When you file for bankruptcy, if you have an interest in an executory contract or unexpired lease—such as a car lease, rental agreement, or timeshare contract—you must list it on a form called Schedule G: Executory Contracts and Unexpired Leases. Read on to learn more about how to fill out Schedule G.
For more information about the forms you must complete in bankruptcy, see our topic area on Completing the Bankruptcy Forms.
An executory contract is a contract where both parties still have certain obligations to perform. Similarly, a lease is unexpired if the lease period and terms are still in effect. The following are some of the most common executory contracts and leases you might need to disclose on Schedule G:
Not only does Schedule G tell the court about your executory contracts and unexpired leases, it allows the bankruptcy trustee to determine whether they can benefit your bankruptcy estate. Like other assets, your interest in a contract or lease is considered property, and, if it can be sold for a profit, the trustee will assume (take over) it.
While contracts and leases rarely provide money to the bankruptcy estate, they sometimes do. For example, say Jane has an agreement to lease commercial office space for 30 years at $1,000 per month. Shortly after Jane entered into the lease, the area around the office building experienced significant growth. As a result, the market rent for a similar office space in the building is now approximately $5,000 per month. Because the market value of the lease is significantly more than what Jane is paying, the trustee may be able to assign or otherwise use her lease to generate a significant amount of proceeds for the bankruptcy estate.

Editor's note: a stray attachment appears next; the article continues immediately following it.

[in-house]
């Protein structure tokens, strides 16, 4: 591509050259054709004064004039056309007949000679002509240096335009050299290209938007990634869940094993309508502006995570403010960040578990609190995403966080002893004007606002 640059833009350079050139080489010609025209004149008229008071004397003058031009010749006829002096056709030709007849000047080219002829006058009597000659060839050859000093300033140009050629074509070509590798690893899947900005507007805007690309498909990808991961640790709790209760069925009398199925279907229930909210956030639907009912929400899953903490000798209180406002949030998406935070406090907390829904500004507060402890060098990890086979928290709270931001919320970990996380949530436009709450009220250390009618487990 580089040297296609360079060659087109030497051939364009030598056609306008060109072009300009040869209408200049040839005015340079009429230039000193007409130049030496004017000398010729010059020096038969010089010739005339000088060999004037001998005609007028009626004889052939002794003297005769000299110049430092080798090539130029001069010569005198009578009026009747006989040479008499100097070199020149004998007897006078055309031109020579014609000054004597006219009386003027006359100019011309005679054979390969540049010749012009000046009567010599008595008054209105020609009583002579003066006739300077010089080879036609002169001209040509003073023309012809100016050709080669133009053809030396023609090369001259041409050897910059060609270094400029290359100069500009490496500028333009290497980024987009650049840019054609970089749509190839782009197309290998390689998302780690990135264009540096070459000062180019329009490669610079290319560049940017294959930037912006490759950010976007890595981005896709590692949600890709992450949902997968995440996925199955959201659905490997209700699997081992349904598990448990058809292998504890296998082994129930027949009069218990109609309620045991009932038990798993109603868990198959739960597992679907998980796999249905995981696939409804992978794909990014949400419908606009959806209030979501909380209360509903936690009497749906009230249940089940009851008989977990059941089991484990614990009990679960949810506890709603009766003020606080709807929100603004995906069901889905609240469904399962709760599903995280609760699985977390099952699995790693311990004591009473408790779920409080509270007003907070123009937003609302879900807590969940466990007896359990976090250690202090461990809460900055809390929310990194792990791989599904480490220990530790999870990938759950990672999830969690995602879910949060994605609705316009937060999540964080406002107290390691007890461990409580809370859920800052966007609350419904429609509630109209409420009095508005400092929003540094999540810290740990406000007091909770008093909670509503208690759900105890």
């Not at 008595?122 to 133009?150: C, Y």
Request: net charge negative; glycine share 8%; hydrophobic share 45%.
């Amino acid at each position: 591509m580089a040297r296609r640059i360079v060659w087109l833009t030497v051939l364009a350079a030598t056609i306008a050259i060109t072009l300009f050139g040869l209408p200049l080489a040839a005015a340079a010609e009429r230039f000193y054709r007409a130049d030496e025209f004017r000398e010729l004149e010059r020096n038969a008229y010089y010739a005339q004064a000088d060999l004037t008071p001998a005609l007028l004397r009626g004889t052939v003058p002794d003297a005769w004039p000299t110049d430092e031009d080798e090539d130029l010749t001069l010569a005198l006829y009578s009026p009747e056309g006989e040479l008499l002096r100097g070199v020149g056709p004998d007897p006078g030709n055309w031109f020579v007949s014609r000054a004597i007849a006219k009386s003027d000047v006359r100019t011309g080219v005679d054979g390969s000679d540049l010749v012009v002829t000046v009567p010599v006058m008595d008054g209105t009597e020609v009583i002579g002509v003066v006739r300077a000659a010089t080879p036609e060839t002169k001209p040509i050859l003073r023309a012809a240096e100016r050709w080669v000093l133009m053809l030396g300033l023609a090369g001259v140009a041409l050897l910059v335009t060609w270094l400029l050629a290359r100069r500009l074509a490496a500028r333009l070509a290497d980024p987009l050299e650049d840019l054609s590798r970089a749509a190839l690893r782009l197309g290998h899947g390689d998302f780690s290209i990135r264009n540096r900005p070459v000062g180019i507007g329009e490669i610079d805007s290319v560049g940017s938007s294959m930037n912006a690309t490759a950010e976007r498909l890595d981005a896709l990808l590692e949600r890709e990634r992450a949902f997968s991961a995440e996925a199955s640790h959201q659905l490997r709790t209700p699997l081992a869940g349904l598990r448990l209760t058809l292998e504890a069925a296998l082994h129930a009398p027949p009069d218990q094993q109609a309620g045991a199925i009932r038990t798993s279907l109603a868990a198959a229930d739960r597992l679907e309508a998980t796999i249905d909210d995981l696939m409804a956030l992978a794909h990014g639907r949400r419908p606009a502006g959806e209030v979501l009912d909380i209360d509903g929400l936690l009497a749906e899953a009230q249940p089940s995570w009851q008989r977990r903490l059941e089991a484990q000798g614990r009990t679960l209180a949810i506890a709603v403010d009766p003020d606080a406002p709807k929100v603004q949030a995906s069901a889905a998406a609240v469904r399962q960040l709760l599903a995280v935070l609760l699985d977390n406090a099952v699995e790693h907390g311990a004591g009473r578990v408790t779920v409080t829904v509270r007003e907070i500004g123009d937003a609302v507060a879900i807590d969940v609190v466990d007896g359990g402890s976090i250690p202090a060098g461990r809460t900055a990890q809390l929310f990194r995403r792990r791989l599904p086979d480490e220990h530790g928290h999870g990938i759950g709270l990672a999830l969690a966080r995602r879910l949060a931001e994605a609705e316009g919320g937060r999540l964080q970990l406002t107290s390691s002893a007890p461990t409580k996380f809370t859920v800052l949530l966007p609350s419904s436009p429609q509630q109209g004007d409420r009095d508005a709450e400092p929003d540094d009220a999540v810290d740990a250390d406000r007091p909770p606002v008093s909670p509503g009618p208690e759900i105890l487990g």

Schedule G is a simple form with detailed instructions about the information you must provide. If you don’t have any executory contracts or unexpired leases, simply check the “No” box indicating that you have no such interests. But if you do, you must list:
If you’re filing a Chapter 7 bankruptcy, you’ll tell the court—and the other involved parties—whether you want to keep or let go of your unexpired lease on another form, the Statement of Intention for Individuals Filing Under Chapter 7.
This article provides general information only. There are many legal issues involved and important decisions to be made when filing for bankruptcy. You must understand the entire bankruptcy process, learn about the applicable federal and state laws, and determine how those laws will affect your particular situation before you complete the bankruptcy forms. In many cases, it's best to consult with an experienced bankruptcy attorney. If you want to file bankruptcy without a lawyer, use a good do-it-yourself book like Nolo's How to File for Chapter 7 Bankruptcy to ensure you make well-informed decisions about your bankruptcy case.